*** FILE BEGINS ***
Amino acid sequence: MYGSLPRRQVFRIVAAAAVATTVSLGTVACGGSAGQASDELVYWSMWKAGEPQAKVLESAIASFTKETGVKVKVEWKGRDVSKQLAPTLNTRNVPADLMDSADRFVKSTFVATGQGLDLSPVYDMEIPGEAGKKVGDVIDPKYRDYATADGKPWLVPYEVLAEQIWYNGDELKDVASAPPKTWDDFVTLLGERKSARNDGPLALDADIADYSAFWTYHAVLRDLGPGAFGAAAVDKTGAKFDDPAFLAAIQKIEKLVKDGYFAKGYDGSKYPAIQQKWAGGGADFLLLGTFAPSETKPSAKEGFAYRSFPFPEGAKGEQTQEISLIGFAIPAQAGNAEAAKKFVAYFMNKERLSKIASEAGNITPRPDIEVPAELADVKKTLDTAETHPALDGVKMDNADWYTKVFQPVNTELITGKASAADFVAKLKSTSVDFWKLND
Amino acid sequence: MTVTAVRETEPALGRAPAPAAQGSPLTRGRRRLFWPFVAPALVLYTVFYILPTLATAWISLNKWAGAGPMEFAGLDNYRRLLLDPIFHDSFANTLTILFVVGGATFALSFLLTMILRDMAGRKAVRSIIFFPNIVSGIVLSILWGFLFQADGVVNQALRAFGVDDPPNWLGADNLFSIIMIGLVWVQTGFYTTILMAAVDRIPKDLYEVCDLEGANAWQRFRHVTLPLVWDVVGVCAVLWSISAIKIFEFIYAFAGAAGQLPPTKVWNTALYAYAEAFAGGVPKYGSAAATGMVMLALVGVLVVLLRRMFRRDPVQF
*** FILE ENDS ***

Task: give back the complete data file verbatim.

Amino acid sequence: MYGSLPRRQVFRIVAAAAVATTVSLGTVACGGSAGQASDELVYWSMWKAGEPQAKVLESAIASFTKETGVKVKVEWKGRDVSKQLAPTLNTRNVPADLMDSADRFVKSTFVATGQGLDLSPVYDMEIPGEAGKKVGDVIDPKYRDYATADGKPWLVPYEVLAEQIWYNGDELKDVASAPPKTWDDFVTLLGERKSARNDGPLALDADIADYSAFWTYHAVLRDLGPGAFGAAAVDKTGAKFDDPAFLAAIQKIEKLVKDGYFAKGYDGSKYPAIQQKWAGGGADFLLLGTFAPSETKPSAKEGFAYRSFPFPEGAKGEQTQEISLIGFAIPAQAGNAEAAKKFVAYFMNKERLSKIASEAGNITPRPDIEVPAELADVKKTLDTAETHPALDGVKMDNADWYTKVFQPVNTELITGKASAADFVAKLKSTSVDFWKLND
Amino acid sequence: MTVTAVRETEPALGRAPAPAAQGSPLTRGRRRLFWPFVAPALVLYTVFYILPTLATAWISLNKWAGAGPMEFAGLDNYRRLLLDPIFHDSFANTLTILFVVGGATFALSFLLTMILRDMAGRKAVRSIIFFPNIVSGIVLSILWGFLFQADGVVNQALRAFGVDDPPNWLGADNLFSIIMIGLVWVQTGFYTTILMAAVDRIPKDLYEVCDLEGANAWQRFRHVTLPLVWDVVGVCAVLWSISAIKIFEFIYAFAGAAGQLPPTKVWNTALYAYAEAFAGGVPKYGSAAATGMVMLALVGVLVVLLRRMFRRDPVQF